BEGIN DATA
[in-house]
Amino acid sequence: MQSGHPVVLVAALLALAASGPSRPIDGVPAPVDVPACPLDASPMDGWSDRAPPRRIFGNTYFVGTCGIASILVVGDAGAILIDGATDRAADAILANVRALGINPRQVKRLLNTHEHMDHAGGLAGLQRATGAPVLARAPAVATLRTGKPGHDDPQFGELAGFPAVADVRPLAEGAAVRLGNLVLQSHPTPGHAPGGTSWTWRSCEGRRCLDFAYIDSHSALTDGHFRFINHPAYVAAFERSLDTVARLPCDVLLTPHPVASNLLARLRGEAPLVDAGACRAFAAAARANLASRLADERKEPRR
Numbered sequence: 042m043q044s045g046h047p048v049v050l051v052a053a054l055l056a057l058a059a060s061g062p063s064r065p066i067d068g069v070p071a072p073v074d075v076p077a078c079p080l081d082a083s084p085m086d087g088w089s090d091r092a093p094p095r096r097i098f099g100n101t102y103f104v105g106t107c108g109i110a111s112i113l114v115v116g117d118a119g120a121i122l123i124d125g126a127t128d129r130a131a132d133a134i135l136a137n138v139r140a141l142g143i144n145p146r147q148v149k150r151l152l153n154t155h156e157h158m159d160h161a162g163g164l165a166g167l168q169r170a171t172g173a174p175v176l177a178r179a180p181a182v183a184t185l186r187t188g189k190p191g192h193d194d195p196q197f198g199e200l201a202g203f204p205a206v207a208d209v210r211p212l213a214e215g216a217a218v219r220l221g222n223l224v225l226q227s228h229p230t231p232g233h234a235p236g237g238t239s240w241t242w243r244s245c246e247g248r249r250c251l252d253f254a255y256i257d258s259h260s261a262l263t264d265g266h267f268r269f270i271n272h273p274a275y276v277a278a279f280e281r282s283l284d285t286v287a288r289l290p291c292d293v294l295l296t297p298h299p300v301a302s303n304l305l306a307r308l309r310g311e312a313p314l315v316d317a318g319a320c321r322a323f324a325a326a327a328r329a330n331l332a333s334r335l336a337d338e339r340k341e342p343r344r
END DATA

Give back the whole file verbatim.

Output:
[in-house]
Amino acid sequence: MQSGHPVVLVAALLALAASGPSRPIDGVPAPVDVPACPLDASPMDGWSDRAPPRRIFGNTYFVGTCGIASILVVGDAGAILIDGATDRAADAILANVRALGINPRQVKRLLNTHEHMDHAGGLAGLQRATGAPVLARAPAVATLRTGKPGHDDPQFGELAGFPAVADVRPLAEGAAVRLGNLVLQSHPTPGHAPGGTSWTWRSCEGRRCLDFAYIDSHSALTDGHFRFINHPAYVAAFERSLDTVARLPCDVLLTPHPVASNLLARLRGEAPLVDAGACRAFAAAARANLASRLADERKEPRR
Numbered sequence: 042m043q044s045g046h047p048v049v050l051v052a053a054l055l056a057l058a059a060s061g062p063s064r065p066i067d068g069v070p071a072p073v074d075v076p077a078c079p080l081d082a083s084p085m086d087g088w089s090d091r092a093p094p095r096r097i098f099g100n101t102y103f104v105g106t107c108g109i110a111s112i113l114v115v116g117d118a119g120a121i122l123i124d125g126a127t128d129r130a131a132d133a134i135l136a137n138v139r140a141l142g143i144n145p146r147q148v149k150r151l152l153n154t155h156e157h158m159d160h161a162g163g164l165a166g167l168q169r170a171t172g173a174p175v176l177a178r179a180p181a182v183a184t185l186r187t188g189k190p191g192h193d194d195p196q197f198g199e200l201a202g203f204p205a206v207a208d209v210r211p212l213a214e215g216a217a218v219r220l221g222n223l224v225l226q227s228h229p230t231p232g233h234a235p236g237g238t239s240w241t242w243r244s245c246e247g248r249r250c251l252d253f254a255y256i257d258s259h260s261a262l263t264d265g266h267f268r269f270i271n272h273p274a275y276v277a278a279f280e281r282s283l284d285t286v287a288r289l290p291c292d293v294l295l296t297p298h299p300v301a302s303n304l305l306a307r308l309r310g311e312a313p314l315v316d317a318g319a320c321r322a323f324a325a326a327a328r329a330n331l332a333s334r335l336a337d338e339r340k341e342p343r344r